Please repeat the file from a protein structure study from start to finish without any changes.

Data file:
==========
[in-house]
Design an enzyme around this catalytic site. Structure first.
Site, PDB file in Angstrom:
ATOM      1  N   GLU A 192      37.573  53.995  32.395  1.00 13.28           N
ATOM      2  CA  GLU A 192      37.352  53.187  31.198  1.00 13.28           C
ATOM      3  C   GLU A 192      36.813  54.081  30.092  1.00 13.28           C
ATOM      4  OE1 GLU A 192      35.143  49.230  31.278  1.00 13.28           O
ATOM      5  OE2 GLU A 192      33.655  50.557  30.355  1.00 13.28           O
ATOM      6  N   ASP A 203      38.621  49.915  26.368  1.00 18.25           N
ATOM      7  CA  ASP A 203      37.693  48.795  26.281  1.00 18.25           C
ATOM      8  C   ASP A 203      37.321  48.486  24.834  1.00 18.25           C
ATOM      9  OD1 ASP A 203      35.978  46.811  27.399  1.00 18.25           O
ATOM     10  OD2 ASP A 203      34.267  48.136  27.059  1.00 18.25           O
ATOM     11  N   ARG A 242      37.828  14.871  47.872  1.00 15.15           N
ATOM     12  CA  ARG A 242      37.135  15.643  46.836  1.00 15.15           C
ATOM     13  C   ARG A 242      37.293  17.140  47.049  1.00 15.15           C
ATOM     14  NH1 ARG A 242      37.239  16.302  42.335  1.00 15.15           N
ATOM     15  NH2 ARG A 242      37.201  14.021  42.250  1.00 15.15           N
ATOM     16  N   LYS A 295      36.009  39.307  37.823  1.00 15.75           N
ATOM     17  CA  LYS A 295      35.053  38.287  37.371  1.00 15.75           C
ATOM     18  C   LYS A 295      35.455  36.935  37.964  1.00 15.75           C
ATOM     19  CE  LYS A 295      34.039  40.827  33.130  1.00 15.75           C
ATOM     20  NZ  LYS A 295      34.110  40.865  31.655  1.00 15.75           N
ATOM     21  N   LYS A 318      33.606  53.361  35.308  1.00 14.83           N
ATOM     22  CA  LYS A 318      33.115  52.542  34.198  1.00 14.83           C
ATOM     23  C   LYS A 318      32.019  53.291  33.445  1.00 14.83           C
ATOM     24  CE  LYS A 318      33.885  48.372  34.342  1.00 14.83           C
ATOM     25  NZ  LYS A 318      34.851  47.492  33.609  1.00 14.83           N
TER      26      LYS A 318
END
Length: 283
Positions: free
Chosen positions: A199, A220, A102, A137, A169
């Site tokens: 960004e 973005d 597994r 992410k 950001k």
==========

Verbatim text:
[in-house]
Design an enzyme around this catalytic site. Structure first.
Site, PDB file in Angstrom:
ATOM      1  N   GLU A 192      37.573  53.995  32.395  1.00 13.28           N
ATOM      2  CA  GLU A 192      37.352  53.187  31.198  1.00 13.28           C
ATOM      3  C   GLU A 192      36.813  54.081  30.092  1.00 13.28           C
ATOM      4  OE1 GLU A 192      35.143  49.230  31.278  1.00 13.28           O
ATOM      5  OE2 GLU A 192      33.655  50.557  30.355  1.00 13.28           O
ATOM      6  N   ASP A 203      38.621  49.915  26.368  1.00 18.25           N
ATOM      7  CA  ASP A 203      37.693  48.795  26.281  1.00 18.25           C
ATOM      8  C   ASP A 203      37.321  48.486  24.834  1.00 18.25           C
ATOM      9  OD1 ASP A 203      35.978  46.811  27.399  1.00 18.25           O
ATOM     10  OD2 ASP A 203      34.267  48.136  27.059  1.00 18.25           O
ATOM     11  N   ARG A 242      37.828  14.871  47.872  1.00 15.15           N
ATOM     12  CA  ARG A 242      37.135  15.643  46.836  1.00 15.15           C
ATOM     13  C   ARG A 242      37.293  17.140  47.049  1.00 15.15           C
ATOM     14  NH1 ARG A 242      37.239  16.302  42.335  1.00 15.15           N
ATOM     15  NH2 ARG A 242      37.201  14.021  42.250  1.00 15.15           N
ATOM     16  N   LYS A 295      36.009  39.307  37.823  1.00 15.75           N
ATOM     17  CA  LYS A 295      35.053  38.287  37.371  1.00 15.75           C
ATOM     18  C   LYS A 295      35.455  36.935  37.964  1.00 15.75           C
ATOM     19  CE  LYS A 295      34.039  40.827  33.130  1.00 15.75           C
ATOM     20  NZ  LYS A 295      34.110  40.865  31.655  1.00 15.75           N
ATOM     21  N   LYS A 318      33.606  53.361  35.308  1.00 14.83           N
ATOM     22  CA  LYS A 318      33.115  52.542  34.198  1.00 14.83           C
ATOM     23  C   LYS A 318      32.019  53.291  33.445  1.00 14.83           C
ATOM     24  CE  LYS A 318      33.885  48.372  34.342  1.00 14.83           C
ATOM     25  NZ  LYS A 318      34.851  47.492  33.609  1.00 14.83           N
TER      26      LYS A 318
END
Length: 283
Positions: free
Chosen positions: A199, A220, A102, A137, A169
């Site tokens: 960004e 973005d 597994r 992410k 950001k």